It is a good taste of what unskilled laborers live every day minus not eating for several days at a time, drinking bad water and sleeping in plastic and cardboard shacks.  I don’t know how people carry on.  Yesterday we went to the Justinian (hospital) to get some prescriptions for a child with Chickungunya.  It is everywhere here.  We went through the peds ward – most of the children had it.

We also visited Pastor Alfred’s clinic on the road to Port au Prince.  He is doing very good things and we donated funds to improve their ability to care for the people of the community.  VBS has been great fun.  As is always the case, the school children our friend Jean works with are well behaved and sing to us in English.  The neighborhood kids are a bit more how you ay, free spirited.  They climb allover a person and they love to touch our hair as it is new to them.  The HIV/Aids kids were the hardest.  Through no fault of their own they have this disease and their parents are dead.  We tell the story of Joseph and several others emphasizing how we are called to live.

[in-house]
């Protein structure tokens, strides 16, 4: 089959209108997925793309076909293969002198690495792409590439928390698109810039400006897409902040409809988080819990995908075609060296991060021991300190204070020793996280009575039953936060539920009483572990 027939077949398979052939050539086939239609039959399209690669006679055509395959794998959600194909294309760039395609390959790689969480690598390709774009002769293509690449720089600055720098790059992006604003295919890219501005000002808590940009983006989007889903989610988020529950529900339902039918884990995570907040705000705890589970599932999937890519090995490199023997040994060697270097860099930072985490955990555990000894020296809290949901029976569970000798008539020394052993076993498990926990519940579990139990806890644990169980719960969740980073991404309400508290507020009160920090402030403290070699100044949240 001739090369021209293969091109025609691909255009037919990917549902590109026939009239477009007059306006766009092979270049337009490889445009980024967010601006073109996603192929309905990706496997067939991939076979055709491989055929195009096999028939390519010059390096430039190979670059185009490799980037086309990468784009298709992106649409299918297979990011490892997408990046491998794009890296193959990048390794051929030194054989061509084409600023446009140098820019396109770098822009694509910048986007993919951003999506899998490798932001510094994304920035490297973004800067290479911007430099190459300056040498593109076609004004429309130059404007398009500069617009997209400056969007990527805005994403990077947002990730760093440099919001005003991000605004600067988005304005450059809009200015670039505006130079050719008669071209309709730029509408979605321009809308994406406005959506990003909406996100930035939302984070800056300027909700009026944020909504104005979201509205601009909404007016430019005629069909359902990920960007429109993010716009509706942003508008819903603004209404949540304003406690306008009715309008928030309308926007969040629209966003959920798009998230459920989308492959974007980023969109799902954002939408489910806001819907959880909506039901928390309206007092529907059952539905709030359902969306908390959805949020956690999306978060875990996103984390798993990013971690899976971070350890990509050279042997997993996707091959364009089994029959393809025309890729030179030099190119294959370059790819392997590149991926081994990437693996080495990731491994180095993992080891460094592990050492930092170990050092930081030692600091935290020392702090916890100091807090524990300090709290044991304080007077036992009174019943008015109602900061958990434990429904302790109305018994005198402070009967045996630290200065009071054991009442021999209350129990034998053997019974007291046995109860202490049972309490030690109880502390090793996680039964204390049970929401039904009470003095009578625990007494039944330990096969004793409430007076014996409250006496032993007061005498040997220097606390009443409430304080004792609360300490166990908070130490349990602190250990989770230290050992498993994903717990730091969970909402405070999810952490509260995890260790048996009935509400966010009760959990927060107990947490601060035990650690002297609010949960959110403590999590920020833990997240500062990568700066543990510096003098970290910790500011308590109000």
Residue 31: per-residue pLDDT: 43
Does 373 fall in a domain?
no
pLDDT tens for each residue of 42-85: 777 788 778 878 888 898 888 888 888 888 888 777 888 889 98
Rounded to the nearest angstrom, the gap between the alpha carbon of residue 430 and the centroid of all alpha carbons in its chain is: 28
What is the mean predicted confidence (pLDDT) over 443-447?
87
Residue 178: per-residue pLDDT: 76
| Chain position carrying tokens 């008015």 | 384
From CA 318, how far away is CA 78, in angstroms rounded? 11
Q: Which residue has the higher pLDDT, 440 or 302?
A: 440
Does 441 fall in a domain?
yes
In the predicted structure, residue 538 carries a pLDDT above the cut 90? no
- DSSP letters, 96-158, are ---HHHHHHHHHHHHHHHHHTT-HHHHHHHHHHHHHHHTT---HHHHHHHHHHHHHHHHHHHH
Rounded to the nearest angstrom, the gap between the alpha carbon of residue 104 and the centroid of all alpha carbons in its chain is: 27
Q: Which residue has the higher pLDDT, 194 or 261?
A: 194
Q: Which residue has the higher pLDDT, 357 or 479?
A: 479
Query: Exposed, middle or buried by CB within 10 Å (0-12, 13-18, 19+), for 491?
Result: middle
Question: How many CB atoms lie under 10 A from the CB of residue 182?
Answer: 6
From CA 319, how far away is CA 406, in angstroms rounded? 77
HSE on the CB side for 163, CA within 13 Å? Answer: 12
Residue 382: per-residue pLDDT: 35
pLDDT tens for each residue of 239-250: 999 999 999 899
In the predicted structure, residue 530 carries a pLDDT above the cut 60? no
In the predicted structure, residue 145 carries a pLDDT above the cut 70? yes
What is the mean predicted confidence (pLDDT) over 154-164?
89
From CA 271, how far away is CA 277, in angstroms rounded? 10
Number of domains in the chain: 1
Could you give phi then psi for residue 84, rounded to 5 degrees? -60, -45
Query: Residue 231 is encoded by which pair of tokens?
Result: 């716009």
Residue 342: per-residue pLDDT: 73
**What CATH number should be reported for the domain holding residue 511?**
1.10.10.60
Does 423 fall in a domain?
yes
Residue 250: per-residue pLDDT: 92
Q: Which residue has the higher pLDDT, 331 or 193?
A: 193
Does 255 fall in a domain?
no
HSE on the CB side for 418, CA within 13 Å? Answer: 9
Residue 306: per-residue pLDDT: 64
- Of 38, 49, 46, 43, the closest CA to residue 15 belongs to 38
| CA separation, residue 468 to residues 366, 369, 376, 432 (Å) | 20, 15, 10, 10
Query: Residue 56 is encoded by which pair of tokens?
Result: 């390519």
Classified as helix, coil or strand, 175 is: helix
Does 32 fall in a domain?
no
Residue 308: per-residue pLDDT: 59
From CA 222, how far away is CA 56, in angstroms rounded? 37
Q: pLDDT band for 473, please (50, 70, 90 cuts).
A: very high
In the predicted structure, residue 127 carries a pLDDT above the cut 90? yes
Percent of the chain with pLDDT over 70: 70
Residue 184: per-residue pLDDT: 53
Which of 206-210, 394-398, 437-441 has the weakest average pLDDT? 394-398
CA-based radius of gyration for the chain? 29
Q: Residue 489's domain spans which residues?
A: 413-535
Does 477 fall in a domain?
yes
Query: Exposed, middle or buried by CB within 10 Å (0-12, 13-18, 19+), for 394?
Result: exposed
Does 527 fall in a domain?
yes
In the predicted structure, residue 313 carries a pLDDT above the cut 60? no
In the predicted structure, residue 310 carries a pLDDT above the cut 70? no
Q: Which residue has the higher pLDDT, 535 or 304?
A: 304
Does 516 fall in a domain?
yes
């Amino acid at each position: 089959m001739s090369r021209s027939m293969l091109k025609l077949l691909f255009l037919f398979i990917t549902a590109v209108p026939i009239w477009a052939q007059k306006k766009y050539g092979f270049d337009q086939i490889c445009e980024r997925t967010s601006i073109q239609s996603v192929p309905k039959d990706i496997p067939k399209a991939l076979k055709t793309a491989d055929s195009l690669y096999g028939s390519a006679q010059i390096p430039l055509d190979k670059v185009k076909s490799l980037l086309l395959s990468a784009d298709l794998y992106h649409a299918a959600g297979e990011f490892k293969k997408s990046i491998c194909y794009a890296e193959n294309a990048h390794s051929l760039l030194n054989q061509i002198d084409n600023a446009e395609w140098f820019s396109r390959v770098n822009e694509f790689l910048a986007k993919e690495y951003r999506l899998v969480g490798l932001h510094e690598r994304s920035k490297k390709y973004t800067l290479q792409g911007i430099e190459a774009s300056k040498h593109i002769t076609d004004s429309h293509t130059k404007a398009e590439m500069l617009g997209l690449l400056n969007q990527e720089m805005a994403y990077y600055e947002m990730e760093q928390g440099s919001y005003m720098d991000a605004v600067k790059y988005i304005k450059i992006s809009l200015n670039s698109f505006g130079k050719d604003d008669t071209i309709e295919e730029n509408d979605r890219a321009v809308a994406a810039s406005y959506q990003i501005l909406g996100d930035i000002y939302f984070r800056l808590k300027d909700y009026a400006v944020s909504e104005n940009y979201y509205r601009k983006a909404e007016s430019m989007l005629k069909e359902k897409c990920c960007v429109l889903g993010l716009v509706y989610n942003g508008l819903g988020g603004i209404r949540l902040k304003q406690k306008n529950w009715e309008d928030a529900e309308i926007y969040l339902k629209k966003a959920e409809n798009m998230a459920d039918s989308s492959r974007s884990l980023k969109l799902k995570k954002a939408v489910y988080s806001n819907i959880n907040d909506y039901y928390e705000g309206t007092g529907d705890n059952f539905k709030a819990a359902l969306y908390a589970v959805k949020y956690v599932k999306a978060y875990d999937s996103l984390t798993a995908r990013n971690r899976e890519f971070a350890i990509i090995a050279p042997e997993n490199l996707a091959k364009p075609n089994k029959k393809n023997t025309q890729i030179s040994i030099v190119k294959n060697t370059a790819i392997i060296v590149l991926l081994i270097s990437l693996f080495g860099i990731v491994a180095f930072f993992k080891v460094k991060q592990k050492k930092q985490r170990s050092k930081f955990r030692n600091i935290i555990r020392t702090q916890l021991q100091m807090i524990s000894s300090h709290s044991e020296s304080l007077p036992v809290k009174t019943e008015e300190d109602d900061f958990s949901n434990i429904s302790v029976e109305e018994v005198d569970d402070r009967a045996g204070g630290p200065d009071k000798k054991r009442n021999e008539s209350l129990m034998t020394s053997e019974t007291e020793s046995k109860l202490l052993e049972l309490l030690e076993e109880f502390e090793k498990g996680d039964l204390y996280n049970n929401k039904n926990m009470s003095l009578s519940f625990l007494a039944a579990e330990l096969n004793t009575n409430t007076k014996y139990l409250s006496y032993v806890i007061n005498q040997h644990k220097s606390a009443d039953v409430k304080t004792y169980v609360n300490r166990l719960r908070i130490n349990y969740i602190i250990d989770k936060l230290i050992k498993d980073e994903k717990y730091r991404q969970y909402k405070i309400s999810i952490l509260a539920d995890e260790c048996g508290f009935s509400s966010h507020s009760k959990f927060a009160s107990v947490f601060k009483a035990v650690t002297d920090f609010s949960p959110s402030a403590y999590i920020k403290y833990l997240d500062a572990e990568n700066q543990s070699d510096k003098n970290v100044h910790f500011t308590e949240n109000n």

There is so much sickness it is jarring.  I suppose you can legitimately say there is sickness everywhere, which is true.  But in Haiti there is no safety net, no free service in the ER, no free meds.  Our friend Sainty’s dad had an operation several weeks ago but they didn’t have money for antibiotics or pain meds.  LUMC donation help with situations like this.  I’ll give several examples of what we come across – a young man who was in a car accident with head, neck and shoulder injuries, with no money for medications.  He has serious headaches and pain.  The wife of a friend was run over by a motorcycle that did not stop.  It dragged her down the street causing multiple injuries.  The head mason on the crew building the house has a large growth on his neck.  He told Mike it had been checked and he has something serious that has spread too far.  Two of the translators have had Chikungunya, one twice.  And on and on.  We help those we can with the resources at hand.